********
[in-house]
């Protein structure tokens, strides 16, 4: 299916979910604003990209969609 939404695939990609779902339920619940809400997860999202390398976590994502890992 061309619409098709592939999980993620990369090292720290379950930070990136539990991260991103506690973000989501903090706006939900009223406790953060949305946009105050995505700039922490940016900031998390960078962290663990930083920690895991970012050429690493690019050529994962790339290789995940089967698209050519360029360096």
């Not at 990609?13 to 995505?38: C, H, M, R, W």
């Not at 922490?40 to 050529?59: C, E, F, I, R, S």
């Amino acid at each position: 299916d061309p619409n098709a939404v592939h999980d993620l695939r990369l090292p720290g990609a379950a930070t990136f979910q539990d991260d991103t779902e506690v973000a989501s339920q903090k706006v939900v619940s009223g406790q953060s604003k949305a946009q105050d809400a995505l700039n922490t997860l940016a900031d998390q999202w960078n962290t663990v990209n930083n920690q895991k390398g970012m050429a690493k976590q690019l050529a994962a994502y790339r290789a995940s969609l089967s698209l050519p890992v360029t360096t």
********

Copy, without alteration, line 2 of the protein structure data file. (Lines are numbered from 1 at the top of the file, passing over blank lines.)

């Protein structure tokens, strides 16, 4: 299916979910604003990209969609 939404695939990609779902339920619940809400997860999202390398976590994502890992 061309619409098709592939999980993620990369090292720290379950930070990136539990991260991103506690973000989501903090706006939900009223406790953060949305946009105050995505700039922490940016900031998390960078962290663990930083920690895991970012050429690493690019050529994962790339290789995940089967698209050519360029360096």